For 30 years advocates1 for social justice and the environment (have called for full cost accounting with a triple bottom line2 where all the consequences of a business are made transparent. These are its social, environmental and economic impacts and outcomes.
"The cost-of-living crisis is descending like a dark cloud and its heavy weight is palpable. As a Deep End GP, every day I see the real impact poverty is having on my patients ... "
Seeing patients once and referring them for imaging offers advantages to busy GPs and busy patients alike, but given the tendency of any test to throw up results of unclear significance, wouldn’t we simply be delegating the management of uncertainty en masse
Recent data suggest on average 13 600 beds in NHS hospitals across England are occupied every day by patients whom doctors say are ‘medically fit for discharge’. Is it that simple? Here, Peter Levin delves into the complexity of the term 'medically
Occasionally, the worlds of media and healthcare can clash in a way that has pronounced consequences in the real world. Whilst the media may intend to inform, they invariably end up influencing a somewhat frenzied, albeit predictable, behaviour in the public.
Assessing the effectiveness of each charitable project and directing financial donations to the one that ranks highest is certainly a task of gargantuan proportions. Richard Armitage explains.
New research by Kathryn B Cunningham and colleagues presents three key elements concerning the process of connection in indirect route social prescribing schemes (those involving link workers). Here, the authors summarise their findings ...
NHS chiefs and policy-makers should be cautious about assuming that diverting patients to the private sector will take pressure off the NHS and reduce NHS waiting times.
Internet shutdowns are government interventions motivated to intentionally disrupt access to, and the use of, online information and communication systems. These measures pose a novel and growing threat to various elements of global public health.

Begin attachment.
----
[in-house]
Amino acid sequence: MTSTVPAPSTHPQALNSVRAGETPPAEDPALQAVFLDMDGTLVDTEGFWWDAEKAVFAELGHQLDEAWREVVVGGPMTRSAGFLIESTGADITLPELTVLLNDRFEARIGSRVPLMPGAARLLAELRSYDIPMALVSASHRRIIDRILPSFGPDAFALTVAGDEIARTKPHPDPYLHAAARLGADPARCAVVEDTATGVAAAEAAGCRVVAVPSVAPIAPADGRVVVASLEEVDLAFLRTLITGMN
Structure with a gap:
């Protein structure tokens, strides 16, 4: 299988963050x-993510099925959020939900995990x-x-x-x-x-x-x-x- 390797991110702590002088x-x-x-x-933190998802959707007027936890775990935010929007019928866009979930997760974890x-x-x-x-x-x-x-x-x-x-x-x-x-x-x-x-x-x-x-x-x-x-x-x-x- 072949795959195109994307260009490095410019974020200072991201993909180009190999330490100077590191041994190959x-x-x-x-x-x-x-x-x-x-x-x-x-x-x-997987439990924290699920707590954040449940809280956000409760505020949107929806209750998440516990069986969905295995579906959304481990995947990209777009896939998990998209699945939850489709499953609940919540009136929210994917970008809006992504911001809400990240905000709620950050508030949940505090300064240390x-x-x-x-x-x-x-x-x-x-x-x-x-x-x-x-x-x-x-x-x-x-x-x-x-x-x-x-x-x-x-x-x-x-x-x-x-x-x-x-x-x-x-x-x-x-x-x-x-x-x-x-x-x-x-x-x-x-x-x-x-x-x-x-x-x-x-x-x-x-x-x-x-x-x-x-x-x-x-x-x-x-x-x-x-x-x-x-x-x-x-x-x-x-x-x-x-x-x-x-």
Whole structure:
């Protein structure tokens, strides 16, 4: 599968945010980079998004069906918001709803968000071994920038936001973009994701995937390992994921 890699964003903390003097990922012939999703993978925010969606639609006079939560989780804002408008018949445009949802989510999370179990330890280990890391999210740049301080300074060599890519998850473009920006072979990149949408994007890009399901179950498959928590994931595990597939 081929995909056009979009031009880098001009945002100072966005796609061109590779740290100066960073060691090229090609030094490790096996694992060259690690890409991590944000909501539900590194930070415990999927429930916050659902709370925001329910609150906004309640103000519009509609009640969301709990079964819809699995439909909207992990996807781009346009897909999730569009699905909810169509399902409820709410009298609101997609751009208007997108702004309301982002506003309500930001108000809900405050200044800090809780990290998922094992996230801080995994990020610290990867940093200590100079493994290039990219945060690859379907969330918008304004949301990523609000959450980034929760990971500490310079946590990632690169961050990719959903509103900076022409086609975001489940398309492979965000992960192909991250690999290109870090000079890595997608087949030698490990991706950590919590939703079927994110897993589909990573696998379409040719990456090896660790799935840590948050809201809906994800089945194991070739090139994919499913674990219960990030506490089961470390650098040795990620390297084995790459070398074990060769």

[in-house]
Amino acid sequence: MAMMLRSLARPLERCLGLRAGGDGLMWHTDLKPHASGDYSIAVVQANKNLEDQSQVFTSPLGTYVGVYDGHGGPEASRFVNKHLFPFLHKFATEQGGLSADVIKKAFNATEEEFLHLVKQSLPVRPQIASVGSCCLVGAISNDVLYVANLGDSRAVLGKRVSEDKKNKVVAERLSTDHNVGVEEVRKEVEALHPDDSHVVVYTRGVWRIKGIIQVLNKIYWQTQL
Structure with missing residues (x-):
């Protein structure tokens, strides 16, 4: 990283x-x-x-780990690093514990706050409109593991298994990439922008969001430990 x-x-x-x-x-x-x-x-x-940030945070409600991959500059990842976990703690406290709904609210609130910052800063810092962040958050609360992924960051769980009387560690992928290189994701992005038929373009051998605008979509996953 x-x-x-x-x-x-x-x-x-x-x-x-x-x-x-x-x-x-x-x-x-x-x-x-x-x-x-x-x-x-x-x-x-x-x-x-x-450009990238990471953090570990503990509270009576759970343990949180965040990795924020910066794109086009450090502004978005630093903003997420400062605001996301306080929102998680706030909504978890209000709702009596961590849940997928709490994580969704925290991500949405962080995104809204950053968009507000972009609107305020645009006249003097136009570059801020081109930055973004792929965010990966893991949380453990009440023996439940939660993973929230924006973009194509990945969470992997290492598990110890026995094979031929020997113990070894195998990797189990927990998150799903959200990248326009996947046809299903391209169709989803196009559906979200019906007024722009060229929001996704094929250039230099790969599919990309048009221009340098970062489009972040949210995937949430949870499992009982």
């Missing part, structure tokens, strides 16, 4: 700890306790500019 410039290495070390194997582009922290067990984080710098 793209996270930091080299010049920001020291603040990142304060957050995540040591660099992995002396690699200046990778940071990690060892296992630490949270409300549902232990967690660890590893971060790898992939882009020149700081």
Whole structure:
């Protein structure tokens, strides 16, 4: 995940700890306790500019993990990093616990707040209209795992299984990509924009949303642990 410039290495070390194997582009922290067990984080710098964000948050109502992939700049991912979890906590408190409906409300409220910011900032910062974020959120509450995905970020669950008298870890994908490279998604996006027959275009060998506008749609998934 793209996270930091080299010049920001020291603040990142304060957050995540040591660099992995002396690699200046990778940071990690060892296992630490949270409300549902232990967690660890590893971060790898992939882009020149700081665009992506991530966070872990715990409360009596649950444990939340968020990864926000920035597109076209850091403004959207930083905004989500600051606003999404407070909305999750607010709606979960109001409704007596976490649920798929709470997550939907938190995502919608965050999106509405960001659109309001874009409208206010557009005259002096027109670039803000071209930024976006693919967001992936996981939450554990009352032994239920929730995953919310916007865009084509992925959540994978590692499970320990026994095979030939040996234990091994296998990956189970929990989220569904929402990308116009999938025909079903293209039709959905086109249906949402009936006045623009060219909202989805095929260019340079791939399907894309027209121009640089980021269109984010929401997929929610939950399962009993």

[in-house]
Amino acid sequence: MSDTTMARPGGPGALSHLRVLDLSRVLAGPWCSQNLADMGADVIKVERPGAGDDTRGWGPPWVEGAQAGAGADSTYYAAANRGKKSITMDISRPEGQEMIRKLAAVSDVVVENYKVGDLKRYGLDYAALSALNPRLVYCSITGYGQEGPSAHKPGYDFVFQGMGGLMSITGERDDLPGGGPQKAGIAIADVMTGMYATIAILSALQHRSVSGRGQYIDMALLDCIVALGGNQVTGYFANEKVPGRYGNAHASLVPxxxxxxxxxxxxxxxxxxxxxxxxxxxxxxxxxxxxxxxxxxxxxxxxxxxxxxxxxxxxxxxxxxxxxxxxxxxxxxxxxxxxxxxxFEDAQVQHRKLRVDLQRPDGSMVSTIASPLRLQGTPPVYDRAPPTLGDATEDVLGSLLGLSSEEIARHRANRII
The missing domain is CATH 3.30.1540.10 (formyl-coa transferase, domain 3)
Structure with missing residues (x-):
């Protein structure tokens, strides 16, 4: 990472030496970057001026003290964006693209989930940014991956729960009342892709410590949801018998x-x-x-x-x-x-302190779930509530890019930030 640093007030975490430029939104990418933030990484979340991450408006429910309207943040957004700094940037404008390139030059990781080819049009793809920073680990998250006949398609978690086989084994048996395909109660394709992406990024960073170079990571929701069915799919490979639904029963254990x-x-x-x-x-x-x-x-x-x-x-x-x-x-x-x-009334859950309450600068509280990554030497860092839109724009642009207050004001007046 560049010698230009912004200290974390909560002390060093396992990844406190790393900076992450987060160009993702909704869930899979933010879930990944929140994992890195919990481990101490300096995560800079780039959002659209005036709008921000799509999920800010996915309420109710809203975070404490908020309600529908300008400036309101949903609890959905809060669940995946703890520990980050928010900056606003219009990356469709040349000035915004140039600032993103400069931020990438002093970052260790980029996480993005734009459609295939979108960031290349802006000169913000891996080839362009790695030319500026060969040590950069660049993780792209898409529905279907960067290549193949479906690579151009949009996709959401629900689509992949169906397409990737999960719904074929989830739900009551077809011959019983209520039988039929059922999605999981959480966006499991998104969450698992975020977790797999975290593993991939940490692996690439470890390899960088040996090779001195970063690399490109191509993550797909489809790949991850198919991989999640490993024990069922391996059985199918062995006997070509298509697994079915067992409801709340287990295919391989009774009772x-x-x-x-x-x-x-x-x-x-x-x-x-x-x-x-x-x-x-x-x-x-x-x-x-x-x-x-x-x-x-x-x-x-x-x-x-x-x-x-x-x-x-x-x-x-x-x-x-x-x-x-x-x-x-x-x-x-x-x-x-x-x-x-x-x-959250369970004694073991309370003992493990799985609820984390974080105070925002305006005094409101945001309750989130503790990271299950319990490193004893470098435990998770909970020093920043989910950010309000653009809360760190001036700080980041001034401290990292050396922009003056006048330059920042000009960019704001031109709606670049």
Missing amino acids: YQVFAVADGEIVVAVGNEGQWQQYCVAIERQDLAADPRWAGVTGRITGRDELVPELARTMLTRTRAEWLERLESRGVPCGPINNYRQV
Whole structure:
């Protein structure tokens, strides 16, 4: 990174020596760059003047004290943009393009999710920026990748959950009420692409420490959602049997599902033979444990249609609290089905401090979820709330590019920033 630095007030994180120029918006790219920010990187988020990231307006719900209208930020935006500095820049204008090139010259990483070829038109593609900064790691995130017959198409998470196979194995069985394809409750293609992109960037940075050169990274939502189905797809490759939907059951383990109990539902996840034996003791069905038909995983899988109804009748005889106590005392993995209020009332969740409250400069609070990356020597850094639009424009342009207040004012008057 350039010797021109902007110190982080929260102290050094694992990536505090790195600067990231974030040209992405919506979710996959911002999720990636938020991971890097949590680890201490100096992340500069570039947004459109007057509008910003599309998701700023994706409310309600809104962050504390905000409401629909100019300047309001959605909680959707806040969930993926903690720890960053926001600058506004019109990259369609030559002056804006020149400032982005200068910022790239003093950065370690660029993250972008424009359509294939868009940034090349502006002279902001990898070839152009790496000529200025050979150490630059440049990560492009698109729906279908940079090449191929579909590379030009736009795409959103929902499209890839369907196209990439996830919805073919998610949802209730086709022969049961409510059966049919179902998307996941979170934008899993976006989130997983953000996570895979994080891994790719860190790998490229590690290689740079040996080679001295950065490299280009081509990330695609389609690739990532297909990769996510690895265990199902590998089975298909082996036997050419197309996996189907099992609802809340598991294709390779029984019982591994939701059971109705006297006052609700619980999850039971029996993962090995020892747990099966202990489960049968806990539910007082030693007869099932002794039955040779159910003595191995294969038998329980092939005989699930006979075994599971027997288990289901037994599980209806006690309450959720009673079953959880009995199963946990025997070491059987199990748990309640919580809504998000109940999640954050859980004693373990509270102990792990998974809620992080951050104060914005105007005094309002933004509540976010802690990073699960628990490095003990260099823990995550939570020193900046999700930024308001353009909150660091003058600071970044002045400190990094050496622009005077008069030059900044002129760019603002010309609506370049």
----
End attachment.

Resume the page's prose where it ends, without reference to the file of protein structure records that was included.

Why have poverty and fuel poverty become medicalised? We know that social determinants of health shape and drive health outcomes. Poverty and fuel poverty are increasingly positioned within a biopsychosocial model of medicine and health.
Uptake of national screening programmes suffered during the COVID-19 pandemic, but how are uptake numbers faring post-pandemic? Richard Armitage presents the data ...
As FIFA excitement reaches fever pitch, it’s squeaky bum time for health care services already struggling with long wait times, capacity issues and a workforce crisis.
We attend reputable GP-training events and feel confident that the training delivered will be up to date and relevant. And yet, there's something about menopause where all this somehow falls apart.
In 1946, the Constitution of the World Health Organization defined health as 'a state of complete physical, mental and social well-being and not merely the absence of disease or infirmity'. Ever since, this definition has been widely criticised and many alternatives have
While various definitions of health have been offered over recent centuries, the search for an enduring and completely satisfying definition has proven frustratingly elusive. Richard Armitage wrestles with one of the most recent and promising definitions.
In my early years of practice, I thought the very act of named diagnosis was a victory. As time has progressed ... I have grown to realise that this semantic box does not in itself contain the cure, and sometimes, can contain